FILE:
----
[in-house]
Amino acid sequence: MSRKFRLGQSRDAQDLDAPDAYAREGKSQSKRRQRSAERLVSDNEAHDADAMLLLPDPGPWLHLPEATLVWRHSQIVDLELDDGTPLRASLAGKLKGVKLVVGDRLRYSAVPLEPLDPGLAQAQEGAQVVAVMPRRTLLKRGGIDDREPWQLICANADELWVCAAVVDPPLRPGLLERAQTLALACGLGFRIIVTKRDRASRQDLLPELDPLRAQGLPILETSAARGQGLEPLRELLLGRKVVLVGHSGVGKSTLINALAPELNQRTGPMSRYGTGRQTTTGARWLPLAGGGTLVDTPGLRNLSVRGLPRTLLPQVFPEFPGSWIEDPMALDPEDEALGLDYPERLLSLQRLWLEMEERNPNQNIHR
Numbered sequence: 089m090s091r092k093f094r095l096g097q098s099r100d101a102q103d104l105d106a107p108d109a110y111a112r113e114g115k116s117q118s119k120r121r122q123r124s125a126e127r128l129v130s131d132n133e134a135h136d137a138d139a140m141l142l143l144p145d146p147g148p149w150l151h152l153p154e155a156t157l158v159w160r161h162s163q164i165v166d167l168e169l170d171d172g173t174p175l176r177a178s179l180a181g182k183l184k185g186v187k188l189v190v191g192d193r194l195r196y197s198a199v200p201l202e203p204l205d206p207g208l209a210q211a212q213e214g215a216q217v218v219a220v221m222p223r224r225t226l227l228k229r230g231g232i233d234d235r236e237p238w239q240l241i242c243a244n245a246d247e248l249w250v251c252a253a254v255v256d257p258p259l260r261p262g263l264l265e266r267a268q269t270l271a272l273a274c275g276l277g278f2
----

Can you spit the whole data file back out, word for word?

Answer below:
[in-house]
Amino acid sequence: MSRKFRLGQSRDAQDLDAPDAYAREGKSQSKRRQRSAERLVSDNEAHDADAMLLLPDPGPWLHLPEATLVWRHSQIVDLELDDGTPLRASLAGKLKGVKLVVGDRLRYSAVPLEPLDPGLAQAQEGAQVVAVMPRRTLLKRGGIDDREPWQLICANADELWVCAAVVDPPLRPGLLERAQTLALACGLGFRIIVTKRDRASRQDLLPELDPLRAQGLPILETSAARGQGLEPLRELLLGRKVVLVGHSGVGKSTLINALAPELNQRTGPMSRYGTGRQTTTGARWLPLAGGGTLVDTPGLRNLSVRGLPRTLLPQVFPEFPGSWIEDPMALDPEDEALGLDYPERLLSLQRLWLEMEERNPNQNIHR
Numbered sequence: 089m090s091r092k093f094r095l096g097q098s099r100d101a102q103d104l105d106a107p108d109a110y111a112r113e114g115k116s117q118s119k120r121r122q123r124s125a126e127r128l129v130s131d132n133e134a135h136d137a138d139a140m141l142l143l144p145d146p147g148p149w150l151h152l153p154e155a156t157l158v159w160r161h162s163q164i165v166d167l168e169l170d171d172g173t174p175l176r177a178s179l180a181g182k183l184k185g186v187k188l189v190v191g192d193r194l195r196y197s198a199v200p201l202e203p204l205d206p207g208l209a210q211a212q213e214g215a216q217v218v219a220v221m222p223r224r225t226l227l228k229r230g231g232i233d234d235r236e237p238w239q240l241i242c243a244n245a246d247e248l249w250v251c252a253a254v255v256d257p258p259l260r261p262g263l264l265e266r267a268q269t270l271a272l273a274c275g276l277g278f2